Potato Celeriac Apple Mash



The Montreal River…not frozen.


There aren’t many places that can survive a week of temperatures hovering around 40 degrees (F) with multiple days of pouring rain and still have trails with skiable snow.  ABR in Ironwood, Michigan is such a place with their dedication to grooming and building a solid base.  The Upper Peninsula enjoys (most of them do enjoy it) an average of 167 inches (nearly 14 feet!) of snow per year, so fortunately they had some volume to spare, but still…it was amazing to witness.  

Day after day we skied in the rain, having fun but more than happy to have a cozy trailside cabin waiting for us.  Peeling off the sopping clothing we marveled that probably no activity other than skiing would prompt us to willingly and joyfully venture out into slushy cold rain for a couple of hours and come back smiling.  (But also happy to be back in a warm dry cabin…)




Kick wax is always the teeth-gnashing crazy-making issue if you’re trying to classic ski on waxable skis in conditions above freezing.  Not wanting to deal with the abysmal mess of klister in a remote cabin we went with the next warmest kick waxes that we had on hand—reds and purples.

These three were the contenders in our wax bags—SkiGo HF Red, START Oslo-Racing Special Purple (contains klister), and START Terva Yellow (contains tar).  None were perfect for these warm & slushy then freaky-icy tracks, but the winner so far has been Start Oslo-Racing Special Purple.  It’s still a sticky ordeal but at least it doesn’t migrate to everything (gloves, hat, hair, ski bag, sleeping bag, cat) like the less than entertaining pure klister.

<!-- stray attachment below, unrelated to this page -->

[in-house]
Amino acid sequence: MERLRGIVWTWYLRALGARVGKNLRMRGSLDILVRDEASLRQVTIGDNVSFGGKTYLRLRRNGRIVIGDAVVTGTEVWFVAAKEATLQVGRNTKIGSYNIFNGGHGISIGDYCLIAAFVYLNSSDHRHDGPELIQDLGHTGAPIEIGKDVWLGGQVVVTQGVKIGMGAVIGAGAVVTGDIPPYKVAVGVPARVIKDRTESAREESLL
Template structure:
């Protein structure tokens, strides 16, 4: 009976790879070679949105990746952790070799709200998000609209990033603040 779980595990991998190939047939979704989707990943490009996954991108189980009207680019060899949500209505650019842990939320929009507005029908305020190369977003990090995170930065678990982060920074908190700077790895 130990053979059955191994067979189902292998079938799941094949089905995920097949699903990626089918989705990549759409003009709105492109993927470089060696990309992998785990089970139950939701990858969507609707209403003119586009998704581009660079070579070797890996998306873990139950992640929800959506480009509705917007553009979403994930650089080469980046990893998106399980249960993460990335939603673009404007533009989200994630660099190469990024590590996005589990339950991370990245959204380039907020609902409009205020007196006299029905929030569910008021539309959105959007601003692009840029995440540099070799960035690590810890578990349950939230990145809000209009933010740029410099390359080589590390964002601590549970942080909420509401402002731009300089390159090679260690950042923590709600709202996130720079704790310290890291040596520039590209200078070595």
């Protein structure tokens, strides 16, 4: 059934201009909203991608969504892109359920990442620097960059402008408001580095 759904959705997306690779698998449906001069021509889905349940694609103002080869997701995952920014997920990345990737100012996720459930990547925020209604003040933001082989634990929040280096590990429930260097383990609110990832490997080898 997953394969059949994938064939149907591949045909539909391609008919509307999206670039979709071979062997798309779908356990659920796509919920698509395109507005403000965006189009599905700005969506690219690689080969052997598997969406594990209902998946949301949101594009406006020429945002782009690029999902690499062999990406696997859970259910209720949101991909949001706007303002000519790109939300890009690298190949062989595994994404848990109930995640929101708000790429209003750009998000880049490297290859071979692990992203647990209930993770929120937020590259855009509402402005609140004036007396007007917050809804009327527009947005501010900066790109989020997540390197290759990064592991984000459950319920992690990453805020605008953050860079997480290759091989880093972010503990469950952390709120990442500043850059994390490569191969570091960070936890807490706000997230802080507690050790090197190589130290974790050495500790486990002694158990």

Or the other alternative for these tropical conditions…break out the skate skis.







No matter what the winter weather outside, glowing fires are always cozy.





Hearty foods for winter chow—in our woodland ski-in cabin at ABR hearty foods are what we want to eat.  Celeriac is a bulb in the celery family and it looks like it was used in an episode of the original Star Trek—wrinkly and knotted and a bit bizarre.  Originating in the Mediterranean basin area, it was mentioned in Homer’s Odyssey as selinon.  Like others in the Umbellifer family it packs a celery-like flavor that gives great body to soups, mashes and casseroles.  Aromatic Helper it is.

The Estonian menu suggestion was to serve this mash with sautéed scallops and black pudding (this photo is from the Estonian Dinner), but it’s a hearty side dish for any winter meal.



Potato Celeriac Apple Mash

Prep Time: 30 minutes

Cook Time: 30 minutes


Cook in salt water:

1 Celeriac Bulb, peeled and diced; or 4-5 celery sticks, finely chopped

2 Potatoes (approximately 3/4 pound), peeled and diced

Boil until soft.  Add:

1 large Apple, peeled and diced

Simmer until apple is soft.

Drain water and add:

2 Tablespoons Butter

Dash Nutmeg

Salt and Pepper to taste

Mash and adjust to taste.



Fetching water in tropical weather




photo by Coleen Sullins





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